You’ve survived all of the practices, and now you’re on the road–it’s competition time. While you’re en route, you might be wondering what to expect, especially if this is your first time around. One thing to remember is that even professional cheerleaders get nervous under pressure! So, whether you’re about to arrive at your first competition or your fortieth, it’s helpful to know what NOT to do when you get there! Make sure you don’t sabotage your competition score by avoiding these four things:

1. Having your nerves get the best of you. What most cheerleaders do not realize is that everyone at a competition has anxiety to deal with–all the coaches, parents, and (yes) even the judges are nervous too! You’re definitely not all alone in how you feel, but the worst possible thing you can do is freak out. By keeping your cool, you’ll not only feel better when you take the mat, but also not set off a chain reaction with your teammates (who are equally on edge)! You might spot other teams who let their emotions take over, but you better believe that that kind of behavior does not sit well with spectators. Or judges.

2. Skipping stretching. There may be a lot to see and take in when you arrive, but the last thing you want to do is forget to stretch before the high-impact, cardio-intensive outburst you call your ‘routine’. Your body needs to be just as prepared to perform as your mind does. And you can kill two birds with one stone by calming your pre-routine jitters through therapeutic stretching. Take long, deep breaths as you wake up your muscles from the long car-ride through stretching, and make sure you use this time to meditate on your motions while you’re at it. Now, doesn't that feel better?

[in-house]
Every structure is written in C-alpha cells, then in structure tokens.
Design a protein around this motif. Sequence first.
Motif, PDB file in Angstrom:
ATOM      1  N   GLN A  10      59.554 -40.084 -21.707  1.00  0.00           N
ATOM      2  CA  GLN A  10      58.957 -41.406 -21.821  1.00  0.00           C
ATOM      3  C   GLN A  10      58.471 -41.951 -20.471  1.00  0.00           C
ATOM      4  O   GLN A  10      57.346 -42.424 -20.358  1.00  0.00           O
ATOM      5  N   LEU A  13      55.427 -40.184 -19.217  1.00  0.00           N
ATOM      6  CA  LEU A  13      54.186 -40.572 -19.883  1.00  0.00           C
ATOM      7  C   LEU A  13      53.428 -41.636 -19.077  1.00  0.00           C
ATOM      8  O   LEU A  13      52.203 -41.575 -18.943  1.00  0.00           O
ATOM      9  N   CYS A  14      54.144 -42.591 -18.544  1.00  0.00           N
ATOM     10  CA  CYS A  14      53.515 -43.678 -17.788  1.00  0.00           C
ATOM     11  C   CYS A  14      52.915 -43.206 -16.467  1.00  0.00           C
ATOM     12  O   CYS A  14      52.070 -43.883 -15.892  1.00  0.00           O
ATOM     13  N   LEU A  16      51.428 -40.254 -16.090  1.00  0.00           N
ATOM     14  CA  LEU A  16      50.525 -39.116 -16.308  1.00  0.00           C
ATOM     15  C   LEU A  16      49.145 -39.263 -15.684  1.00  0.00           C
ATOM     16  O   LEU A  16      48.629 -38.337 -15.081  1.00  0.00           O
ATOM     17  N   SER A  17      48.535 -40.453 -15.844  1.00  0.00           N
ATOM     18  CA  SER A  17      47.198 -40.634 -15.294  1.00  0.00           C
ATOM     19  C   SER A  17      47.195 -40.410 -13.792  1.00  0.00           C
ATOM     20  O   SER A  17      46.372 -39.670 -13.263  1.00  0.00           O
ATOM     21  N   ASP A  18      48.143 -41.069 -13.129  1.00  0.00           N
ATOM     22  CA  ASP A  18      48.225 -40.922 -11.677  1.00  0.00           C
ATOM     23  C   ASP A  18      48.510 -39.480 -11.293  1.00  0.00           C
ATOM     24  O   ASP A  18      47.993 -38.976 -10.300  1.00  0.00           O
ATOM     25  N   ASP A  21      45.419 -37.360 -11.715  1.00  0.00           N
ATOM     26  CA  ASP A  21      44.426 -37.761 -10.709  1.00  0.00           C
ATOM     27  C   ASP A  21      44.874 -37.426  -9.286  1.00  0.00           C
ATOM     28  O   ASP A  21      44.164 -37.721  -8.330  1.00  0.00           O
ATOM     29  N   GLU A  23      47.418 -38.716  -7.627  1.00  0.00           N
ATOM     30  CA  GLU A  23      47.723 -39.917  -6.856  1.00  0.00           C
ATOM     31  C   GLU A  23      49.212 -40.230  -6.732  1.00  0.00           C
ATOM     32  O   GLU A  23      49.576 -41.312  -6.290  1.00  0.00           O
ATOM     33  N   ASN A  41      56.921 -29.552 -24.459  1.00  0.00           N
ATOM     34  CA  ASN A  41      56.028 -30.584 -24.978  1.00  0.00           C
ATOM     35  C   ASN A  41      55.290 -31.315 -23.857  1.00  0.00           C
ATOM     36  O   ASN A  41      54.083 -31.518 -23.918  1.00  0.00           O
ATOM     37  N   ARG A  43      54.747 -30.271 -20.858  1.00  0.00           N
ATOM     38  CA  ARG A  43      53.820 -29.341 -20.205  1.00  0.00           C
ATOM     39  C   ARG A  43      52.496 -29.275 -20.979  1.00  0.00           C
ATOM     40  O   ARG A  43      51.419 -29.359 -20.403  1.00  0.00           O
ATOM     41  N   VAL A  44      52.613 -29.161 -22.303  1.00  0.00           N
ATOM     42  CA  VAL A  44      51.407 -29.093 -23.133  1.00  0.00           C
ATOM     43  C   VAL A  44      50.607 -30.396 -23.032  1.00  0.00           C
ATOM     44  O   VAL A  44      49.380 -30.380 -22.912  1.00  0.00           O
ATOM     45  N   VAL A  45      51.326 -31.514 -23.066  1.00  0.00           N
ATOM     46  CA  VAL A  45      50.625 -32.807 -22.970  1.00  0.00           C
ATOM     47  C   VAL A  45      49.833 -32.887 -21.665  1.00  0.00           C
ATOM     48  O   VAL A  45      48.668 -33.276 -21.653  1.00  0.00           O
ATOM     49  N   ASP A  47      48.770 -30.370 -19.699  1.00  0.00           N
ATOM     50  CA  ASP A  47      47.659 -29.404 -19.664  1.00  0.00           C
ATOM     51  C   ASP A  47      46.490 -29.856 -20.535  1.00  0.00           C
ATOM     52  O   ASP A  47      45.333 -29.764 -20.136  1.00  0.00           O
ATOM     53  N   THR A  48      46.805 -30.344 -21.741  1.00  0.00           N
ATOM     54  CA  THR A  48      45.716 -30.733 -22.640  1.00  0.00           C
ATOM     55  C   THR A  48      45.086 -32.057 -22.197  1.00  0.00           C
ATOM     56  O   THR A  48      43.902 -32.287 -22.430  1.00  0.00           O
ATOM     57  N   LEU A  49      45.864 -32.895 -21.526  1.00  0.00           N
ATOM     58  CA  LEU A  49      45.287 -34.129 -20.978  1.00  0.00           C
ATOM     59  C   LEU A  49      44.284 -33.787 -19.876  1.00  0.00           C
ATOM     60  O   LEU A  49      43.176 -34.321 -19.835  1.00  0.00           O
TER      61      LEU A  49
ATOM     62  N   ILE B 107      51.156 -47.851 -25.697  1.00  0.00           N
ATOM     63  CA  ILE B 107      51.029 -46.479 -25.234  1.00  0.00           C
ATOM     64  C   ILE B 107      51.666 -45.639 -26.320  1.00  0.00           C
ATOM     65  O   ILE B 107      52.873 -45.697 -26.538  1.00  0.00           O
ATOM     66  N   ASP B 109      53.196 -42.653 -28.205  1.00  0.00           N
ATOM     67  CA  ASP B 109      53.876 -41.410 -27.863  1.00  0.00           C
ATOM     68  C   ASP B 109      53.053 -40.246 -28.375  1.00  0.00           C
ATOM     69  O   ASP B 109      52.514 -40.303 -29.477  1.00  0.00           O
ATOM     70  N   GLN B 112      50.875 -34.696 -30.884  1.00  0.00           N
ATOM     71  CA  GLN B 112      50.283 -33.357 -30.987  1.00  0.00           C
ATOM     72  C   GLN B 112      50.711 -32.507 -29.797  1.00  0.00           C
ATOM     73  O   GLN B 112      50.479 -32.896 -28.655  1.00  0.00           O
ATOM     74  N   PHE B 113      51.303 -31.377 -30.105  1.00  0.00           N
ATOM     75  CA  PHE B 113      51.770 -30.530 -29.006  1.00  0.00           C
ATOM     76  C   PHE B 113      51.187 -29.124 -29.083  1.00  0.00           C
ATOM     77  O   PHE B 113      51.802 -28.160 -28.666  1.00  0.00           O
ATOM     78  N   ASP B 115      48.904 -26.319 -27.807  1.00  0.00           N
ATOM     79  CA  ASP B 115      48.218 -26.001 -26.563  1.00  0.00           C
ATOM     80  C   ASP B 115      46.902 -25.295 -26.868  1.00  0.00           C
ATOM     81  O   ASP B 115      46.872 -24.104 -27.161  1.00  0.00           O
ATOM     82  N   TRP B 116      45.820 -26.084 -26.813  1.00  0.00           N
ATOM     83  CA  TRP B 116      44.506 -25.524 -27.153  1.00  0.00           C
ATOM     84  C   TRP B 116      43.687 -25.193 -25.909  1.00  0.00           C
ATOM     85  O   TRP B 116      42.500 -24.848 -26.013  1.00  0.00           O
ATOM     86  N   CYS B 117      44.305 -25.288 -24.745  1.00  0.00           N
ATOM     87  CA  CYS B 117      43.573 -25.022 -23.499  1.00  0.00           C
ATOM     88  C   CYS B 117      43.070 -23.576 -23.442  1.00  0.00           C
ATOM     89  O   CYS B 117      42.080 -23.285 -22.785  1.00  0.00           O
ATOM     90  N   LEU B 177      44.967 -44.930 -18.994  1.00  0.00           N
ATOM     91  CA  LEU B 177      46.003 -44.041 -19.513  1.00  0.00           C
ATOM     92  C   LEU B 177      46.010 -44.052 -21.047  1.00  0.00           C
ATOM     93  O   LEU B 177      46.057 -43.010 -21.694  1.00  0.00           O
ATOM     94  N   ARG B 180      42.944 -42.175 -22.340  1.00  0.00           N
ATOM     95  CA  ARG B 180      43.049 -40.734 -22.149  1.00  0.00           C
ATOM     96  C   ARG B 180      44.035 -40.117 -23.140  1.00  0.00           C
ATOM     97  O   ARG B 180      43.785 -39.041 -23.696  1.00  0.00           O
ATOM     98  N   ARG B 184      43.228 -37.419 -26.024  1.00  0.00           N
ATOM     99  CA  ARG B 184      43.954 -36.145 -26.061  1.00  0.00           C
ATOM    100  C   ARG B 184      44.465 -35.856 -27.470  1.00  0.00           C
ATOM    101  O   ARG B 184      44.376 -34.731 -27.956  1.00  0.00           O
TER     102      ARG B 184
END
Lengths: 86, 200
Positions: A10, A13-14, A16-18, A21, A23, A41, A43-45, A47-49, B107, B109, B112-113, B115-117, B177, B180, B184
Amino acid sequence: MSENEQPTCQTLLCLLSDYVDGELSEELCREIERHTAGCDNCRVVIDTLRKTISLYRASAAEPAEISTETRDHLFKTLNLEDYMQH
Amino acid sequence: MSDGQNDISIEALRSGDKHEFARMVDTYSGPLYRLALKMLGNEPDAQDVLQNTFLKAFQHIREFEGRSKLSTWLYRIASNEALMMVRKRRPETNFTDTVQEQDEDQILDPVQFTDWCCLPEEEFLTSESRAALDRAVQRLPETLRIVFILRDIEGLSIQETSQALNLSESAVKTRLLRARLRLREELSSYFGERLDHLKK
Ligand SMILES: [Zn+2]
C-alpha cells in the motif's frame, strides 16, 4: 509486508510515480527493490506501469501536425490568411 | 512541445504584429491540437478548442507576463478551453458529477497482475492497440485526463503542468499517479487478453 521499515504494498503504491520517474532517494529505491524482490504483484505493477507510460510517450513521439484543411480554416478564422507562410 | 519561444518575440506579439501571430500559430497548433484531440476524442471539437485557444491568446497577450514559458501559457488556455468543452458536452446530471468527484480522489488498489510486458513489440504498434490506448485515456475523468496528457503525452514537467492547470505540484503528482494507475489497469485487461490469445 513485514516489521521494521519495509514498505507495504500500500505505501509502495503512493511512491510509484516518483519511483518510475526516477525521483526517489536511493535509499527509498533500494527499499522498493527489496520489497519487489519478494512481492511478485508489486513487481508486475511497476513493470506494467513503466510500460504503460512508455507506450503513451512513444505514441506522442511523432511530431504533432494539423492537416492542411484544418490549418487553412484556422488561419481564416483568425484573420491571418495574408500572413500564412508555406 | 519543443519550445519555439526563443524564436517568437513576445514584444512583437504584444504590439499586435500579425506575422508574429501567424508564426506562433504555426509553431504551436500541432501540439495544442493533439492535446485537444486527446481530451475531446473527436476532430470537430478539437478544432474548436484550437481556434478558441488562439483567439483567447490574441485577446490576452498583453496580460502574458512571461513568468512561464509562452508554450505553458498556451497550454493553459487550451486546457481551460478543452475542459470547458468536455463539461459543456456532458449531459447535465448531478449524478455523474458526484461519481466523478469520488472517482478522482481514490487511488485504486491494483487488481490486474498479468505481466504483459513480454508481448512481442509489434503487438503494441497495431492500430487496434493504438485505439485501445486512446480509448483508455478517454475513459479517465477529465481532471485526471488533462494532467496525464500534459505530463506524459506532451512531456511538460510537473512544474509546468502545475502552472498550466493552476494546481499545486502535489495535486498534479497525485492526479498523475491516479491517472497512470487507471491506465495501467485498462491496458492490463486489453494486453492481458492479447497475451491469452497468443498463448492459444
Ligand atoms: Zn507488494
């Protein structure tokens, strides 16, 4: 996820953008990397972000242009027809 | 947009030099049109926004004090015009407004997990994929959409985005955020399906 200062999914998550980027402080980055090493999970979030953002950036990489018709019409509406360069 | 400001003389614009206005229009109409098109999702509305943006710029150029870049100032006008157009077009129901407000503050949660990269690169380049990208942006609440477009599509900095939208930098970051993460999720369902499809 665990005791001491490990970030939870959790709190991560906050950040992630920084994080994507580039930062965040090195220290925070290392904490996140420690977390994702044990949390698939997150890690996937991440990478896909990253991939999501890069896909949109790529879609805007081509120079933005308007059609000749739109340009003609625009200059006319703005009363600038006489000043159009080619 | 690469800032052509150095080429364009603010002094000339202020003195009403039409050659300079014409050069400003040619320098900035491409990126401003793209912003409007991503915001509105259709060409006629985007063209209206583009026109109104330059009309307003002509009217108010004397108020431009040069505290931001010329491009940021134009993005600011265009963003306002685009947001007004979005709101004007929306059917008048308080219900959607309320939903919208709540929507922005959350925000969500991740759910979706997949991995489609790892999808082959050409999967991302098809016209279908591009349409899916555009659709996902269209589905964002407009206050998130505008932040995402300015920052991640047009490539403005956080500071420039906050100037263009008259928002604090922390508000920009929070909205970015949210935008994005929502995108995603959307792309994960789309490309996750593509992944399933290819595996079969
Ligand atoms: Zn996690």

3. Forgetting to eat. As stated above, you are about to do a very demanding routine that requires a lot of energy. Of course eating right before your slot is a bad idea, but not eating at all is even worse. That means the best time to eat on competition day is at least a couple hours before, probably while you’re still traveling. Light snacks are great closer to when you perform if you didn’t have time for a full meal, but make sure they are easily digestible choices, like fruit or nuts. Once you’re full of necessary calories, your body won’t shut down unexpectedly when you push it to the maximum for the two minutes and thirty seconds that make up your routine.

4. Not engaging the judges. Yes, they are judging you and your team on every move made on the mat. But, that doesn’t mean they must be avoided–in fact, that should make you pay more attention to them! By maintaining eye contact, smiling, and waving at the judges, your team has a much better chance of getting higher marks; this is because the judges are supposed to be your only audience and not merely part of the audience. Most cheerleaders forget to direct their motions to the judges due to having a larger audience there, filling the entire auditorium. Keep your eyes on the prize, and realize who really holds the fate of your team.

What else is detrimental for a cheerleader at a competition? Tell other cheerleaders what hasn’t worked for your team in the comments below.